Now the confusing part. 70E refers to "hazard analysis" everywhere. This is not what is or should be required and because the terminology is poorly defined, we get confusing results. What OSHA requires under the general duty clause is a risk assessment. There are several of these defined as ANSI standards (PMMI, RIA, TR3., Z244.1) as well as several international standards (IEC 61511, 61508, ISA S88.1, etc.). There are variations in the rigor and the intended scope but they all come down to analyzing the severity of the hazard, and the likelihood of occurrence, which are then combined and equated to a risk. For example, being hit by a meteor is pretty much a fatality. However we do not then erect meteor shields across the company parking lot because the likelihood of this happening is very low; hence, the risk is not zero but is low enough that it is considered an acceptable risk. Similarly although people can and do get caught once in a while in escalators and the injuries can be pretty bad, again the likelihood of a severe injury is pretty low and thus risk is low.

In looking at the various risk assessment methodologies as it applies to arc flash in particular, there is a basic problem. The industry standards at the end of the day attempt to shoot for somewhere around a 1:100,000 chance of a life threatening injury per worker per year for an event such as an arc flash. This is what is considered an acceptable risk. Many of these methodologies such as TR3 or RIA also assume that the frequency of exposure is measured in the number of times per year, and then add a third analysis factor to look at how often those exposures turn into an injury. At this point we don't have enough data to quantify the "shape of the curve" and thus get from exposure to likelihood of injury so that factor would be 100%. We also don't need to worry about injuries less than a life threatening one because we don't have enough data and because it is an exponential curve so the difference between life threatening and no injury is pretty slight. Thus TR3 and RIA for instance would not be good risk assessment models to use. I would recommend IEC 61511 because it is a standard intended for the chemical industry where dangerous conditions are infrequent, less than once a year for the most part. This closely corresponds with electrical equipment failure rates that are similarly less than once a year and sometimes as low as 10^-12 (the assumed reliability of control wiring in the chemical industry).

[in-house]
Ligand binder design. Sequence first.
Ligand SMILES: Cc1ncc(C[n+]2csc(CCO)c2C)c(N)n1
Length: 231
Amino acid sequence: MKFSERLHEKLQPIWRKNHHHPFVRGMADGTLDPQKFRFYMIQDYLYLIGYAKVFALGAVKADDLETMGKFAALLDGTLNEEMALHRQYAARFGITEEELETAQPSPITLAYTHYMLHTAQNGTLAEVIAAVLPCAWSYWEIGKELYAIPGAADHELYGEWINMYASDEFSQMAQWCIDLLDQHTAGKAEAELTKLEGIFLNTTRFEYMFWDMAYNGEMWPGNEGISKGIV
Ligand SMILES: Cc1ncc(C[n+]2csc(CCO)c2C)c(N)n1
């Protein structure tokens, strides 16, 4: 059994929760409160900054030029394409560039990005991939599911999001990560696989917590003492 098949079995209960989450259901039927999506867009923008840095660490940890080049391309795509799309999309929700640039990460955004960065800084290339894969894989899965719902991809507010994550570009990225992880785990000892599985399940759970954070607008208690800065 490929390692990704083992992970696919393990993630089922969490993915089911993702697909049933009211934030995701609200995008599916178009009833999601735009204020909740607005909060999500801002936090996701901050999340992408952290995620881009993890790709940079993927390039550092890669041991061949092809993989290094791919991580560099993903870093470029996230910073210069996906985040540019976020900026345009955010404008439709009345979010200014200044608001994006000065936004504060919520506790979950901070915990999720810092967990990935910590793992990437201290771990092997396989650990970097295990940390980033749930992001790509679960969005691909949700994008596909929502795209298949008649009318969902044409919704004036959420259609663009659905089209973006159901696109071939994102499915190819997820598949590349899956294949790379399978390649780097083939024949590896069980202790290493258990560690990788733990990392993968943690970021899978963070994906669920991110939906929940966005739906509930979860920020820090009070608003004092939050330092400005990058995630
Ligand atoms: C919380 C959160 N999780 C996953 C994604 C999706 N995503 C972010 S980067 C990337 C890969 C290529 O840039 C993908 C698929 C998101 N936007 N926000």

Another issue that we have though is that there is not a lot of data quantifying how often a hazardous condition (arcing fault) occurs, nor under the conditions in which it occurs. There is some failure data out there though, and it does quantify how often arcing faults occur, but not the source, and includes "average" maintenance conditions. So we do have something to go on as far as how likely it is for equipment defects to turn into an arcing fault. When it comes to human performance, we hit a brick wall. Human performance is known to be pretty fallible though with what numerical data exists, and the failure rates are MUCH higher than 1:100,000 which was the goal. So we may as well consider that any task where human performance relates to the likelihood of an arc flash is 100%. This is the same assumption that is made with regards to shock hazards, so it is definitely not without precedent.